Print on Demand (POD) technology enables designers and artists to prepare their work for printing on merchandise across a broad spectrum of offerings, through a range of companies. Unlike traditional retail arrangements, printing only occurs once someone places an order. The POD company handles everything from manufacturer relationships and printing to order fulfillment and customer service issues. Artists are responsible for designing. I am one such artist. If we want to actually sell those items we've worked so hard on, we also need to market. This new site is a part of that endeavor.
Art of Where offers leggings, artsy kimono wraps and other clothing I've designed. Last year I grew addicted to designing leggings.
Society6 also has fun products. Many of the items you find here feature designs I haven't yet used elsewhere.
Although I first heard of a couple of the old-school companies many years ago, my initial exploration of the Print on Demand field began in 2014 when I set up my first account because I simply wanted to design some custom greeting cards. (When I was in high school, I thought being a writer for Hallmark might be a fun. Then I discovered the J Peterman Catalog. Long before Elaine worked there on Seinfield, I fantasized about writing those adventure-laden descriptions of merchandise from around the world. Huh.) I bought the cards I'd made, but soon afterward my focus moved on.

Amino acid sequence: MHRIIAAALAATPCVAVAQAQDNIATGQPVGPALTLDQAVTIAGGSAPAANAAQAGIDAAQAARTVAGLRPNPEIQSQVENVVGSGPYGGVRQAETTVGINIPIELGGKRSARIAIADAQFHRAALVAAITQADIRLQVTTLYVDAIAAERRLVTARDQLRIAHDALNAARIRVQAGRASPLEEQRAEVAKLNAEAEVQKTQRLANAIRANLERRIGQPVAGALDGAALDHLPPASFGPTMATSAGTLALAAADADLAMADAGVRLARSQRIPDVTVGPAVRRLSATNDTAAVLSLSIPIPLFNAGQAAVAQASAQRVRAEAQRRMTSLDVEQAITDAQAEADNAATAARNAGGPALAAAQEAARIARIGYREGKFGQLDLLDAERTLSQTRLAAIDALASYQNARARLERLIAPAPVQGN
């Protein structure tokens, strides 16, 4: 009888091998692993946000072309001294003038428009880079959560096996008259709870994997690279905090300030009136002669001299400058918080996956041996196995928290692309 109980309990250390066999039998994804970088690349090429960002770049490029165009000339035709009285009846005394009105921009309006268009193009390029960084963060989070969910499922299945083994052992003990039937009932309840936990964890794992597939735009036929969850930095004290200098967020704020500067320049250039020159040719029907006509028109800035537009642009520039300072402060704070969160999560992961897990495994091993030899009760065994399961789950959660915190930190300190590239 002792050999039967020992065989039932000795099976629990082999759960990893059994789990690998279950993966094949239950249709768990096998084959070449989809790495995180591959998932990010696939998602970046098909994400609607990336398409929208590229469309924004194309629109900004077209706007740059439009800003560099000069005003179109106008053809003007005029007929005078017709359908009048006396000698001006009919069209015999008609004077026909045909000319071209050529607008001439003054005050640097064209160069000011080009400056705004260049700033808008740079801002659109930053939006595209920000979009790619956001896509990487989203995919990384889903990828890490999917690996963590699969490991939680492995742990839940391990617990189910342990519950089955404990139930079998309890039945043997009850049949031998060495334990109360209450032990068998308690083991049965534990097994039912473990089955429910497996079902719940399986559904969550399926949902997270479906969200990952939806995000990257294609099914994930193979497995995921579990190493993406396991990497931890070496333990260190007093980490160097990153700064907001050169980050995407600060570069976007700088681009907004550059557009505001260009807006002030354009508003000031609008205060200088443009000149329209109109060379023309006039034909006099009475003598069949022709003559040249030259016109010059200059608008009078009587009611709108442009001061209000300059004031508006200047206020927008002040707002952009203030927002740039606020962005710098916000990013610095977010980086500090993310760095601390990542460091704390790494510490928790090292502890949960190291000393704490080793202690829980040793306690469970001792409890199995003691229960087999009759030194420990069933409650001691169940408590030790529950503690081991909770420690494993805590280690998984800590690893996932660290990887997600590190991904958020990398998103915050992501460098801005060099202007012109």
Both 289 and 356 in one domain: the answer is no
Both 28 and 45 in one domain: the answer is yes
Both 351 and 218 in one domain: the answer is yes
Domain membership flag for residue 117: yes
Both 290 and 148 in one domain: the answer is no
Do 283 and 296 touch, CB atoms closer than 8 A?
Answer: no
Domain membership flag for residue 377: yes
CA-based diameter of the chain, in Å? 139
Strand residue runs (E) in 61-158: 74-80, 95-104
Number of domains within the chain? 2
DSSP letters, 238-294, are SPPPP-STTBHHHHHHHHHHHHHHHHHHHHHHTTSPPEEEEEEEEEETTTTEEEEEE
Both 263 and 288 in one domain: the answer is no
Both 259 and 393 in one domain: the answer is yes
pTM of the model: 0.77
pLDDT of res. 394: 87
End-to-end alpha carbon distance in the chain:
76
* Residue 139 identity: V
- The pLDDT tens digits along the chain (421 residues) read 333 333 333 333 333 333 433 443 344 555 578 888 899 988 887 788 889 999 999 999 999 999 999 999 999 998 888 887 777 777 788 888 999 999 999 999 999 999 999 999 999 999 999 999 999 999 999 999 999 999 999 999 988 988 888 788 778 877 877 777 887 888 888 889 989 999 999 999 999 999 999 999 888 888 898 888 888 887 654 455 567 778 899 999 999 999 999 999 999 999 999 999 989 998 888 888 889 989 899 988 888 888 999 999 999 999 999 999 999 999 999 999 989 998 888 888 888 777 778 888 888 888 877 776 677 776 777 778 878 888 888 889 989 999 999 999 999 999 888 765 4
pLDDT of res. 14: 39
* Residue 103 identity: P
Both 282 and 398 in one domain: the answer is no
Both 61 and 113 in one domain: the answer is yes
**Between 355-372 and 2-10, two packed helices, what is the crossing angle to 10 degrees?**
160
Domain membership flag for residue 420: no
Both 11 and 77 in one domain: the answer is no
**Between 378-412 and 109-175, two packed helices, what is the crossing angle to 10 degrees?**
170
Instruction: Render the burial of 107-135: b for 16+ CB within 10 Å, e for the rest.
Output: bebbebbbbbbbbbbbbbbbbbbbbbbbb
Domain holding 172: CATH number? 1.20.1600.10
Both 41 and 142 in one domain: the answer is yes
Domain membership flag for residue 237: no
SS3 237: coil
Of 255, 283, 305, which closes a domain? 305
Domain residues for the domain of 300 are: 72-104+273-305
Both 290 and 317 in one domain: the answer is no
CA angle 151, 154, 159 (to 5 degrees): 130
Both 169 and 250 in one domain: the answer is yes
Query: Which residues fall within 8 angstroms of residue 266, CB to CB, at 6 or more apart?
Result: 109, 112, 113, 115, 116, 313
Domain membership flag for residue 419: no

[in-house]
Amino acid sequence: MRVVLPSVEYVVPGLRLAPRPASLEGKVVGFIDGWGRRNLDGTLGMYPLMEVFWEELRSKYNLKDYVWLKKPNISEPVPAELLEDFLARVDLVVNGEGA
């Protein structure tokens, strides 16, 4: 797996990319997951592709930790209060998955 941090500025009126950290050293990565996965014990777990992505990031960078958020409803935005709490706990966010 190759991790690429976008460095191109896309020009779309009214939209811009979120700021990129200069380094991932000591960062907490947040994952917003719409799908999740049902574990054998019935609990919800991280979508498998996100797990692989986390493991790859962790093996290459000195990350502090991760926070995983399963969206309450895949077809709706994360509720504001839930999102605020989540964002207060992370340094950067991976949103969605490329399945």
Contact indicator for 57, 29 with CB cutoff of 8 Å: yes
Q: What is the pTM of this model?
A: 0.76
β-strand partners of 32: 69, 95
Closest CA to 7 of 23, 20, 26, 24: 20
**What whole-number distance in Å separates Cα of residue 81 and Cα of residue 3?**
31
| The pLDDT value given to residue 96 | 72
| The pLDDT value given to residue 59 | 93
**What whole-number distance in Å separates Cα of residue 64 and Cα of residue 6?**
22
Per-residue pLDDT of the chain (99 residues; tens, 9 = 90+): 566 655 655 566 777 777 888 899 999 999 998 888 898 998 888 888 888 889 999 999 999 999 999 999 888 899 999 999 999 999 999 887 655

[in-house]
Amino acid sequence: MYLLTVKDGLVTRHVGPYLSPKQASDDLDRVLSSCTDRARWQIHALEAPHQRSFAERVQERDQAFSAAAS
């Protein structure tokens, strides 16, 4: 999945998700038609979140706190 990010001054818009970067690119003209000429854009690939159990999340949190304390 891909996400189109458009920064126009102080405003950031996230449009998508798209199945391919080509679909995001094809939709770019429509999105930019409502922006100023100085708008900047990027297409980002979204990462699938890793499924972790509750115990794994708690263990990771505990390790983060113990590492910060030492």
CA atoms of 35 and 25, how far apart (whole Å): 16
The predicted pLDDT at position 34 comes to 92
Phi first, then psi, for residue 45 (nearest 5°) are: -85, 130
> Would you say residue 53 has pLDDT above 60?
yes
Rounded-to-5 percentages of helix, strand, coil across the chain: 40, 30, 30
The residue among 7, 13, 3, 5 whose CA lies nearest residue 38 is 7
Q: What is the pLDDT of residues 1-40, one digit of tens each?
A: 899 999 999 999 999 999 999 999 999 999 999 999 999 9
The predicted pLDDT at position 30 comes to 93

Over the next couple of years, I kept thinking of the potential available for putting my creations on merchandise. I'd need a birthday gift or even an item for my own use and think, "If I'd stuck with that print on design idea, I could just make it myself!" Fast forward and one day in 2016 I decided to research options and see if the one I'd started with still suited me. Fast forward through hours and hours of exploration and research and I ultimately became really comfortable with the three sites I've shared on this page.
Lest I mislead anyone, it's good to be clear about how this works. Artists receive a royalty of all sales made on our designs. Those sums vary by company but are fairly small and usually percentage-based. Most people doing this don't make a lot of money through their efforts. It's safe to say I've worked harder on this than anything that came before these efforts. A lot (I cannot stress to you just how much "a lot" means, in this arena,) of merchandise must be sold in order to generate a significant income from the efforts. Among the up-sides? We only have to create the design once; then it can sell an infinite number of times... should the audience for such an item exist and find out about it. The trick is to create designs that will stand out in a mind-boggling sea of competition. I learn more every day and will enjoy sharing some of this journey with you in the blog. If you're into specifics, you can read on below. Otherwise, I invite you to enjoy the shops! Perhaps you'll find something you like, whether for yourself, or for a gift.